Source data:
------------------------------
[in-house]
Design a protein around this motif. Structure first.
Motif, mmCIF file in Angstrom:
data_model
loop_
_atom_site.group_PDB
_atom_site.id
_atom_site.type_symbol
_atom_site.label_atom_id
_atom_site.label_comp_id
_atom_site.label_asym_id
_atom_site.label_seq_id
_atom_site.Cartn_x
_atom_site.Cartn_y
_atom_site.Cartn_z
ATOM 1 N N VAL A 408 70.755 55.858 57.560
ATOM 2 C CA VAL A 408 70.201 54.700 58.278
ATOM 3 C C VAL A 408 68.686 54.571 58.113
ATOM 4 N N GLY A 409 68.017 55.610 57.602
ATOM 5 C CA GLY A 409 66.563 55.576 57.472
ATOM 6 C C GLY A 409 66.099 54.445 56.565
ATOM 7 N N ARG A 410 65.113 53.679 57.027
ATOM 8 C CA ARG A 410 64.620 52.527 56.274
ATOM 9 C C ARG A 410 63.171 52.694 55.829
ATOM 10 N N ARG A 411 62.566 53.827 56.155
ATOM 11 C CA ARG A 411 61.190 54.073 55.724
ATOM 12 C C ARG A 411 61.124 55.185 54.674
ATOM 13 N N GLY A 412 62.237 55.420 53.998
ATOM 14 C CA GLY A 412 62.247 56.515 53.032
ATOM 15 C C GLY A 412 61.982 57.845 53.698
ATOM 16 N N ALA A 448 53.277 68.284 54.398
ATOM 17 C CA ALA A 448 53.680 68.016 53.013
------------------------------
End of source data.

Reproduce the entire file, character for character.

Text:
[in-house]
Design a protein around this motif. Structure first.
Motif, mmCIF file in Angstrom:
data_model
loop_
_atom_site.group_PDB
_atom_site.id
_atom_site.type_symbol
_atom_site.label_atom_id
_atom_site.label_comp_id
_atom_site.label_asym_id
_atom_site.label_seq_id
_atom_site.Cartn_x
_atom_site.Cartn_y
_atom_site.Cartn_z
ATOM 1 N N VAL A 408 70.755 55.858 57.560
ATOM 2 C CA VAL A 408 70.201 54.700 58.278
ATOM 3 C C VAL A 408 68.686 54.571 58.113
ATOM 4 N N GLY A 409 68.017 55.610 57.602
ATOM 5 C CA GLY A 409 66.563 55.576 57.472
ATOM 6 C C GLY A 409 66.099 54.445 56.565
ATOM 7 N N ARG A 410 65.113 53.679 57.027
ATOM 8 C CA ARG A 410 64.620 52.527 56.274
ATOM 9 C C ARG A 410 63.171 52.694 55.829
ATOM 10 N N ARG A 411 62.566 53.827 56.155
ATOM 11 C CA ARG A 411 61.190 54.073 55.724
ATOM 12 C C ARG A 411 61.124 55.185 54.674
ATOM 13 N N GLY A 412 62.237 55.420 53.998
ATOM 14 C CA GLY A 412 62.247 56.515 53.032
ATOM 15 C C GLY A 412 61.982 57.845 53.698
ATOM 16 N N ALA A 448 53.277 68.284 54.398
ATOM 17 C CA ALA A 448 53.680 68.016 53.013